The Book of Jonah

Posted by: Pastor Thomas AT 08:53 pm   |  Permalink   |  Email
Monday, March 16 2020

“We will either find a way, or make one.”

Hannibal (Carthaginian general, 247-181 BC)


Good morning, friends.  These are serious times and your time is not to be wasted today, so let me get to it.


Has anyone ever experienced anything like these days?  Not me.  Pieces, perhaps, but nothing in the totality.  Measles, chicken pox, and mumps were all the rage when I was a child.  I had the pox, as I remember, and had to be isolated from school for a week or so.  Friends did, too.  After 9/11 air travel was risky, so the skies were empty for a week or four.  But what we’re dealing with now is wholly different.


From my perspective, the real challenges of these days have little to do with the outbreak of a virus or even the leadership abilities of authorities.  The master challenge, to my understanding, is fear.  How do we manage our fears, appropriate them, and overcome them?  Sadly, I see fear running rampant in our culture these years, and birthed by it plenty of hatred, anger, resignations, power plays, and more.  Societies don’t typically thrive on the fuel of fear, yet here we are fully in the grips of it.  What do we do?


Some of the best change agents I’ve studied have taught me that systems have limited capacities to manage change at any moment.  It’s like a juggler; he/she can add a new ball, bowling pin, or chainsaw to the act but only one at a time.  So too it is with change.  We need time to adjust.  And these days we just don’t have that luxury.  Ten chainsaws have been tossed into our routine at once and we’re desperately scrambling to adjust.  It is so in my home, in my work, in my community, and everywhere.  What do we do?


I find in times of trouble a helpful effort is to focus, deeply, on more important values.  Faith.  Confidence.  Courage.  Peace.  Love.  Forgiveness.  I find it a time to concentrate, deeply, on my better angels, to remind myself consistently of higher matters.  And though we cannot see much beyond the end our noses in this fog of fear we will indeed find our way, or make one.  What matters is the way we find, or make.  May it be of our best, even in the seemingly worst of times.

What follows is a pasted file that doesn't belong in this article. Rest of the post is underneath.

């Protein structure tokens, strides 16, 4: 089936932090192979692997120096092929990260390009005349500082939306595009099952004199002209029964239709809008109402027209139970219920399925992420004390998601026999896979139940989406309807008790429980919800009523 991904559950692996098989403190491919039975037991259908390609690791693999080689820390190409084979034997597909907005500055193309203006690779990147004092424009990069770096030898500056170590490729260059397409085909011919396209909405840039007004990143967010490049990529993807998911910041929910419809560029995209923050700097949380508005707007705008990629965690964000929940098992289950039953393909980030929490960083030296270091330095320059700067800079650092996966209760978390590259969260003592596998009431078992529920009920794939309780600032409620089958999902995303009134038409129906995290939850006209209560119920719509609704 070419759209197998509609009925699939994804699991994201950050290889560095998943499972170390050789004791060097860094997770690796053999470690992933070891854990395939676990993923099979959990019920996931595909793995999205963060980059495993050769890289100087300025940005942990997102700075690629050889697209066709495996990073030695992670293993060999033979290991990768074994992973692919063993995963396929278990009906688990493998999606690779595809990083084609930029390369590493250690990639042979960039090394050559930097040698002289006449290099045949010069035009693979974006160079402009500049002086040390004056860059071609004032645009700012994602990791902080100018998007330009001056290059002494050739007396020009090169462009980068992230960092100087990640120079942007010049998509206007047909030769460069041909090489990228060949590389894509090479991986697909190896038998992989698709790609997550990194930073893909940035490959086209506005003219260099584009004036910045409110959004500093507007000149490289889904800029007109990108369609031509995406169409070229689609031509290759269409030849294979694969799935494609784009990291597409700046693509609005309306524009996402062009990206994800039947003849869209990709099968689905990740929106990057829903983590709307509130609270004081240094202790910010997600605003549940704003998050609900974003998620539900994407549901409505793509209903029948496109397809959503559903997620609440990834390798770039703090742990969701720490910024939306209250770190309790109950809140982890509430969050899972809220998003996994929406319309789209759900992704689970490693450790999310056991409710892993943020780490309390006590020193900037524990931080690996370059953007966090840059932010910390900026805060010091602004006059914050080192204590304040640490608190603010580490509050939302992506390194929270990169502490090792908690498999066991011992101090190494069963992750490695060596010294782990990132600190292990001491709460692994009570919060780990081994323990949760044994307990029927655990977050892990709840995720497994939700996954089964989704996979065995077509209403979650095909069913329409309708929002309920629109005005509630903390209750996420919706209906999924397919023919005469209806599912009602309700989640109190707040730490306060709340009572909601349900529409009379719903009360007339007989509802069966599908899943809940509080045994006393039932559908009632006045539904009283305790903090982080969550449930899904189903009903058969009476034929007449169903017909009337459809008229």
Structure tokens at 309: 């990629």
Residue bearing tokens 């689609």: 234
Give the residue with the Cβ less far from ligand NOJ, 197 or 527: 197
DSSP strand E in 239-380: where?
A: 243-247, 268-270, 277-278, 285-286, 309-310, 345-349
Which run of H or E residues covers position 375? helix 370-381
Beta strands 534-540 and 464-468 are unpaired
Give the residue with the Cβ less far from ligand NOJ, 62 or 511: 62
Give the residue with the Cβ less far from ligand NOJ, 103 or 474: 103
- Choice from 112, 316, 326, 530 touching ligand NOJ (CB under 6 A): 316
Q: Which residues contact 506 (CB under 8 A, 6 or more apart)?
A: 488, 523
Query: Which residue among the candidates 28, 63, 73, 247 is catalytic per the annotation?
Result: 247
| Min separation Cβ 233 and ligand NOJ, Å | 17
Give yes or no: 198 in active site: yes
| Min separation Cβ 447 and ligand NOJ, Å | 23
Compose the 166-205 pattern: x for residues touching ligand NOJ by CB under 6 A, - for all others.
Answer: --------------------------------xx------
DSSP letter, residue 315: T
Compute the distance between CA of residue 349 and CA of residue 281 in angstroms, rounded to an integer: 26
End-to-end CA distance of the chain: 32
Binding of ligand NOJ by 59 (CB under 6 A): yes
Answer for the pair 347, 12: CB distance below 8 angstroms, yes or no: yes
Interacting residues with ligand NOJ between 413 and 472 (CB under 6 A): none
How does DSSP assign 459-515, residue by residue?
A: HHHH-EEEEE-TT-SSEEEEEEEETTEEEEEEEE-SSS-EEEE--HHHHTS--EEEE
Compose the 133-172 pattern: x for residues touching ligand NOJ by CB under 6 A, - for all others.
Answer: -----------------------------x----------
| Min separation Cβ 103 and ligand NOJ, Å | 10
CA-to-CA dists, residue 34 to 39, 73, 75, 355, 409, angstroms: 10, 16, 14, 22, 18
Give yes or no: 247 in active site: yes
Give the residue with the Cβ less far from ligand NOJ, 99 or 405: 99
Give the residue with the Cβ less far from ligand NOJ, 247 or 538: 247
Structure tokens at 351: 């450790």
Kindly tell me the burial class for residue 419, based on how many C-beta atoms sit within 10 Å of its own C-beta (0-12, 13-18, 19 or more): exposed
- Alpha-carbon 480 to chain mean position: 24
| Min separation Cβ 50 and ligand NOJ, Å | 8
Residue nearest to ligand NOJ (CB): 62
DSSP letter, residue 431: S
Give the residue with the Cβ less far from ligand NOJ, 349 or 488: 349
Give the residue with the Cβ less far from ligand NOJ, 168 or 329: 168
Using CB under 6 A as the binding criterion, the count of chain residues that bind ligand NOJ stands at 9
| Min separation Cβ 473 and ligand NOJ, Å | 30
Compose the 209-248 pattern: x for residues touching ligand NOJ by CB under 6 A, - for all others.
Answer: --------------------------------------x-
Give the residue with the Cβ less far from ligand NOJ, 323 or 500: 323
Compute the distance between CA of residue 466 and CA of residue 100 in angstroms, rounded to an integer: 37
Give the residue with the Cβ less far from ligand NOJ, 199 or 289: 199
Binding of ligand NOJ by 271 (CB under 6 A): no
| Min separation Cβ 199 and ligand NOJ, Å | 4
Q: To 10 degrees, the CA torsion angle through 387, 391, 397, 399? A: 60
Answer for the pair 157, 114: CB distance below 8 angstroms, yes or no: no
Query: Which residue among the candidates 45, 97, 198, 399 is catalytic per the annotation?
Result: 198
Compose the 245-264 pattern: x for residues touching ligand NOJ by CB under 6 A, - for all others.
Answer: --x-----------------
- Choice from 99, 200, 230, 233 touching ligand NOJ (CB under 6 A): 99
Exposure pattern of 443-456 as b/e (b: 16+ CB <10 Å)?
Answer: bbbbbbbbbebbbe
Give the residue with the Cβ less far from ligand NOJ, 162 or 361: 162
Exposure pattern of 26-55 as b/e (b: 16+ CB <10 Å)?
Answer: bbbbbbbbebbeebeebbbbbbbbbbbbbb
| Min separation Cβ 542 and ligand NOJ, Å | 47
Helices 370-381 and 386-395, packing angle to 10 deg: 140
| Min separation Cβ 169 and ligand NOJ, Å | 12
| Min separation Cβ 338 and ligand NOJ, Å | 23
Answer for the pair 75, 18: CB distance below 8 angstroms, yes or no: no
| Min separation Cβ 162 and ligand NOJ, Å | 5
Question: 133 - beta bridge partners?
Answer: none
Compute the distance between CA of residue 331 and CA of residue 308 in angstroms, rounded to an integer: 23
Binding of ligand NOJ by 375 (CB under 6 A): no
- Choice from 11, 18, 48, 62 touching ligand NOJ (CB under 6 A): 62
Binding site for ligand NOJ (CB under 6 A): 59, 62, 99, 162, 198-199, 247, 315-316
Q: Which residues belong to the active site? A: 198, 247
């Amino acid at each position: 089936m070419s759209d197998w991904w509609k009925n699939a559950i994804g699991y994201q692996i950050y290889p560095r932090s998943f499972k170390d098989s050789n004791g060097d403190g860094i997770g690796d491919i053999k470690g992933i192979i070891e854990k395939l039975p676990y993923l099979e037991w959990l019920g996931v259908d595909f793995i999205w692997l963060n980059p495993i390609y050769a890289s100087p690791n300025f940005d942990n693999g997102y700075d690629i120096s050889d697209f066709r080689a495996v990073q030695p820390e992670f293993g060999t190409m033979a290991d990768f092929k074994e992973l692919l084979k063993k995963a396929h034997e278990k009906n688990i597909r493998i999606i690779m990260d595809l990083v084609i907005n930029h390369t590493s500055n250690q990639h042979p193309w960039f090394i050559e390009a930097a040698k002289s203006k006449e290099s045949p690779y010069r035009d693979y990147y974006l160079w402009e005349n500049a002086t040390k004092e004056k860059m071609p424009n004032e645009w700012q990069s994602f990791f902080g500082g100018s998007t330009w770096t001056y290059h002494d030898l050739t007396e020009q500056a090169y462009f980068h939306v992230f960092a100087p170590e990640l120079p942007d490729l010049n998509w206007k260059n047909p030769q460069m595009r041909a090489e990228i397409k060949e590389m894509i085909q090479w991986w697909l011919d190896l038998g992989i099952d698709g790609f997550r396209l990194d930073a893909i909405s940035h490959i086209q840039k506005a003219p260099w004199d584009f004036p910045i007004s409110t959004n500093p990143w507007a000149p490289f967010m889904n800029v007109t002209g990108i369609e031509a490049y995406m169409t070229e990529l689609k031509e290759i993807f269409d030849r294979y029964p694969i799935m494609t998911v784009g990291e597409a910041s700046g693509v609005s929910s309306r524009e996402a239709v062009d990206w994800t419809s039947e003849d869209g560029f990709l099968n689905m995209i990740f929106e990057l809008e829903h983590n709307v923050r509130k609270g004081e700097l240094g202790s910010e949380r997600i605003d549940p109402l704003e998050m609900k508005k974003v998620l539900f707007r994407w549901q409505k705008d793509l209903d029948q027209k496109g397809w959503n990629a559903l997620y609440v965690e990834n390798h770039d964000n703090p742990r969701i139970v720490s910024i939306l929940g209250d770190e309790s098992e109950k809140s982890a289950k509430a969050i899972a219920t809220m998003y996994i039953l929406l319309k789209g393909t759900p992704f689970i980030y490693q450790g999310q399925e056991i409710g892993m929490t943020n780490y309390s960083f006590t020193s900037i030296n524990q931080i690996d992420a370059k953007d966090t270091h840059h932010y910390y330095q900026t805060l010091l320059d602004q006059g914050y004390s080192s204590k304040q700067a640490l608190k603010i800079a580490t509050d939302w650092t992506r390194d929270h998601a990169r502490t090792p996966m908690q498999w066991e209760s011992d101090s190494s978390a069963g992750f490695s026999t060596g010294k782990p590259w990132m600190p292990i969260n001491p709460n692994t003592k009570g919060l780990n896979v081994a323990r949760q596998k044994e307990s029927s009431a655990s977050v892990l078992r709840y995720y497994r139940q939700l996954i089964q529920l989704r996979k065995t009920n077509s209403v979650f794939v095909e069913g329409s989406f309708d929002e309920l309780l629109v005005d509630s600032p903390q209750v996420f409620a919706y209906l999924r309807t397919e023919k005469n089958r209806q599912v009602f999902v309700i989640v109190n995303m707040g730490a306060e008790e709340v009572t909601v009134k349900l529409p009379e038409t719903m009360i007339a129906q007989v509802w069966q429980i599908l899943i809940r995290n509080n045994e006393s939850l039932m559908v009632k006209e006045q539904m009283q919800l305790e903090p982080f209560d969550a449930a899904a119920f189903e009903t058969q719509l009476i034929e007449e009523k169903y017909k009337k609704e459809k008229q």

Be at peace these days, friends, and remember that you are loved, remembered, and valued.


Mark 5:24-34

Posted by: Pastor Thomas AT 07:19 pm   |  Permalink   |  Email
Monday, March 09 2020

Every action is a vote for the type of person you wish to become."

James Clear

Good morning, friends!  I’m a bit behind this morning, actually since about 6 a.m., so let’s get right to it, shall we?

Never in my life did I ever think I would become well knowledgeable about presidential elections, but darn it hasn’t happened anyway.  I may not be an expert, but I know a lot more than I really want to know.  And one thing that I’m certain about is that every vote matters, and also that not enough people vote.  Don’t get political with me, but we show up, we vote, and we hope our candidates win.  (Remember, DO NOT get political with me.)  Why do we vote?  Because our vote may be the one.  Imagine if your life, your chosen life, the one you really, really want, came down to one vote of your actions?  And then ask yourself, “Why did I let it get so close and come to one action?”

Success is a complicated issue, far more than we understand.  If it were easy more of us would be, that’s for sure.  But somewhere in the milieu of success is the matter of focus, consistency, dedication and action.  And none of these words is easy.  Every time I’ve tried to be healthy, or increase my health, I have encountered votes against that focus.  “One time won’t hurt you.”  “Balance is the key.”  “Moderation is everything.”  “You look unhealthy.”  On and on it goes.  Too many times I gave in to votes against the person I wanted to become.  But health is an easy matter, and blaming others is easy too.  What about internal matters and internal votes?